The two leads are in fine form here: Quaid poignantly reveals the jumble of insincerity and good intentions beneath Henry’s boisterous exterior, while the callow streak that Efron has often displayed as an actor has never felt as raw, vital and emotionally explosive as it does here. Before it reaches a full-blown Sturm und Drang pitch, the tense father-son dynamic feels believably rooted in a long history of resentments and misunderstandings, yet it’s also complicated by Dean’s willingness to defend his dad against those who seek his downfall.

Twitch, Eric Snider
Quaid's giant grin makes him perfect to play a salesman, but it's his skill as an actor -- and this is one of his best performances -- that makes it so impactful when the chickens come home to roost and Henry's smile and forced positivity fade away. Efron is likewise praiseworthy as a sullen second son who feels left behind.

Film Journal International, Kevin Lally
Quaid and Efron (once again branching out impressively from his teen-idol roots) are each unafraid to show the less savory aspects of their characters’ small-town charisma.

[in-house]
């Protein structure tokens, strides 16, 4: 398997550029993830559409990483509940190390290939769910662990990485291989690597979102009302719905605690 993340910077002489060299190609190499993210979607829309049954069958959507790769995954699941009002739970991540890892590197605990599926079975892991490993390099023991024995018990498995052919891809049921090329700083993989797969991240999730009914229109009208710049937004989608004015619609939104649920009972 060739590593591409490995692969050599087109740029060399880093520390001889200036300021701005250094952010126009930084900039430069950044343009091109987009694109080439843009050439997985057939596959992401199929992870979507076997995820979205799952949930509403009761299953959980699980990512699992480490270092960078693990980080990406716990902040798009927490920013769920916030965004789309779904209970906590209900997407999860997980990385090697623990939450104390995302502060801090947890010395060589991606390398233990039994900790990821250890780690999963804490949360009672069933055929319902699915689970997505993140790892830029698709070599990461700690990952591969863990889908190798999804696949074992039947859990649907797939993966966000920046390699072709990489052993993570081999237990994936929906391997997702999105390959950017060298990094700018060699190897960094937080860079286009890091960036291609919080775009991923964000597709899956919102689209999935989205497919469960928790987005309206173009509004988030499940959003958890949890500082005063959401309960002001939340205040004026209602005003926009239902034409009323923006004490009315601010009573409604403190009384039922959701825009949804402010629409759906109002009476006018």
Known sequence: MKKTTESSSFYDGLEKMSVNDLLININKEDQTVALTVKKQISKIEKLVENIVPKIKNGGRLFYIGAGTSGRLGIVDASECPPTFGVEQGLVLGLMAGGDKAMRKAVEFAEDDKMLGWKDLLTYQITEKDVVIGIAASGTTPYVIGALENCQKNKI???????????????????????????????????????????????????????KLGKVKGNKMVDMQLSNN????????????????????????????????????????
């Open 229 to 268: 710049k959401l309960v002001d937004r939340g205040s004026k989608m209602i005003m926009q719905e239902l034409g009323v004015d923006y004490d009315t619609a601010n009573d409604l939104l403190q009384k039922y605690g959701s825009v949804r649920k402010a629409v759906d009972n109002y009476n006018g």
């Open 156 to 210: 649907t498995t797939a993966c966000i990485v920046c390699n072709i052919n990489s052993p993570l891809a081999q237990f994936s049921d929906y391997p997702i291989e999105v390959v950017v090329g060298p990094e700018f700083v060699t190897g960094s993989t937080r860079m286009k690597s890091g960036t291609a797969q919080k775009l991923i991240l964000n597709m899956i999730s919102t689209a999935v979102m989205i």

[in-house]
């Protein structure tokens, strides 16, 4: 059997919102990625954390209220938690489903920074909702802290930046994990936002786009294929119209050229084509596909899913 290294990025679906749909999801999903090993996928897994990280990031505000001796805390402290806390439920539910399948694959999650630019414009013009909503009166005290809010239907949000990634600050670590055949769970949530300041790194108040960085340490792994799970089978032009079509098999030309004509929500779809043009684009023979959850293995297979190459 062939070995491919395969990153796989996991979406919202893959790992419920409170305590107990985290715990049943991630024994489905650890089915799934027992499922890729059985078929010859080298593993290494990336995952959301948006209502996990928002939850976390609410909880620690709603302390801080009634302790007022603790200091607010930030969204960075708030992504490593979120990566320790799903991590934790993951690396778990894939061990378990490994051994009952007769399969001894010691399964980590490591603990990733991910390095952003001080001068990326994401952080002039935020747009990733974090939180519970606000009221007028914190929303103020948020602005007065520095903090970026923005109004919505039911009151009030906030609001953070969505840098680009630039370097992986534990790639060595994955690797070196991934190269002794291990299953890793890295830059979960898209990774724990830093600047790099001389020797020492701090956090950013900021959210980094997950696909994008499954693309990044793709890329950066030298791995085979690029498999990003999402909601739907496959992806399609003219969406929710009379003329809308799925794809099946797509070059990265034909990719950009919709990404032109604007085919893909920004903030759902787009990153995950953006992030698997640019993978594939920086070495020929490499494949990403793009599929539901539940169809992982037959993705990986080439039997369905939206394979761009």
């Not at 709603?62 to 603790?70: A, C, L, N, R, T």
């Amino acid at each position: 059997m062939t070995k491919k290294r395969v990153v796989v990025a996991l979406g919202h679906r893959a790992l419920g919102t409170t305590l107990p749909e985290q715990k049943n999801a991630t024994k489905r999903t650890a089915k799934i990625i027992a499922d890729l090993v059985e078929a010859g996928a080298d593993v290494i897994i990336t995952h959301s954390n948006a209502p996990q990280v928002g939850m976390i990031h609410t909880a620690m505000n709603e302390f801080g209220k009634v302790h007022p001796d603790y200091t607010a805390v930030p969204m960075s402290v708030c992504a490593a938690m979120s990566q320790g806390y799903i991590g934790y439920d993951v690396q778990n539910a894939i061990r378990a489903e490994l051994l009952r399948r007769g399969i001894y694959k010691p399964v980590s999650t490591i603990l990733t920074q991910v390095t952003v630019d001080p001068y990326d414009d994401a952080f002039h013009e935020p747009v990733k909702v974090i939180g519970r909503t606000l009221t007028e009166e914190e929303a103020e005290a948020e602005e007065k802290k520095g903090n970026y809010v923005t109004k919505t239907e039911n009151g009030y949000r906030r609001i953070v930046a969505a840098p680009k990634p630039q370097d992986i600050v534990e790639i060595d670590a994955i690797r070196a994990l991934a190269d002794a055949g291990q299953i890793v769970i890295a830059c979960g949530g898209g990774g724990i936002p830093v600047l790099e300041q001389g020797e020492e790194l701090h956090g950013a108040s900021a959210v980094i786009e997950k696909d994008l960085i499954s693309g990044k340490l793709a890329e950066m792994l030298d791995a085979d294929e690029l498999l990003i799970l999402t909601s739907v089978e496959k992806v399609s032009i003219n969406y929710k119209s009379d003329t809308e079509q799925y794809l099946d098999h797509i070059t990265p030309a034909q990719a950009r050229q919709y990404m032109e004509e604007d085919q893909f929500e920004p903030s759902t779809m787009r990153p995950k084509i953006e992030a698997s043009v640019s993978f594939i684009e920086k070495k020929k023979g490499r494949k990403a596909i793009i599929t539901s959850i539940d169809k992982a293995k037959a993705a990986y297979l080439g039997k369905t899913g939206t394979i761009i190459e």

Alex Billington, First Showing
It's beautifully shot, tremendously acted (by Quaid and Efron) and honestly, very affecting.

Bahrani's cast in At Any Price, despite containing some of the first well-known actors he's used, like Zac Efron, Dennis Quaid, even Heather Graham and Clancy Brown, all melt into their characters, delivering powerful performances. Quaid gives one of the best performances he's ever given, and newcomer Maika Monroe (as Efron's young girlfriend) also stands out quite a bit, along with Efron. Believe it.

Kim Voynar, MCN
Efron, meanwhile, continues to impress as an actor of real note, leaving his Disney ''High School Musical'' roots far behind with a compelling and textured performance as a young man who desperately wants not to be the man his father is, while making many of the same questionable moral choices.

Kenji Lloyd, HeyUGuys
Quaid and Efron are brilliant in the leads, [...] Efron, too, is stellar as the young Dean, giving further proof of what a fantastic actor he’s becoming, and an indication of where his career will be heading in the years to come.

The final third of At Any Price features an entirely unexpected turn of events, which lead to a power-house display of emotions on both Quaid and Efron’s parts. Ultimately, the film rises on their shoulders – it is very much a character study of this family, and the recent state of the American farming community, and with Quaid and Efron putting in such strong performances, there is much brilliance to be found here.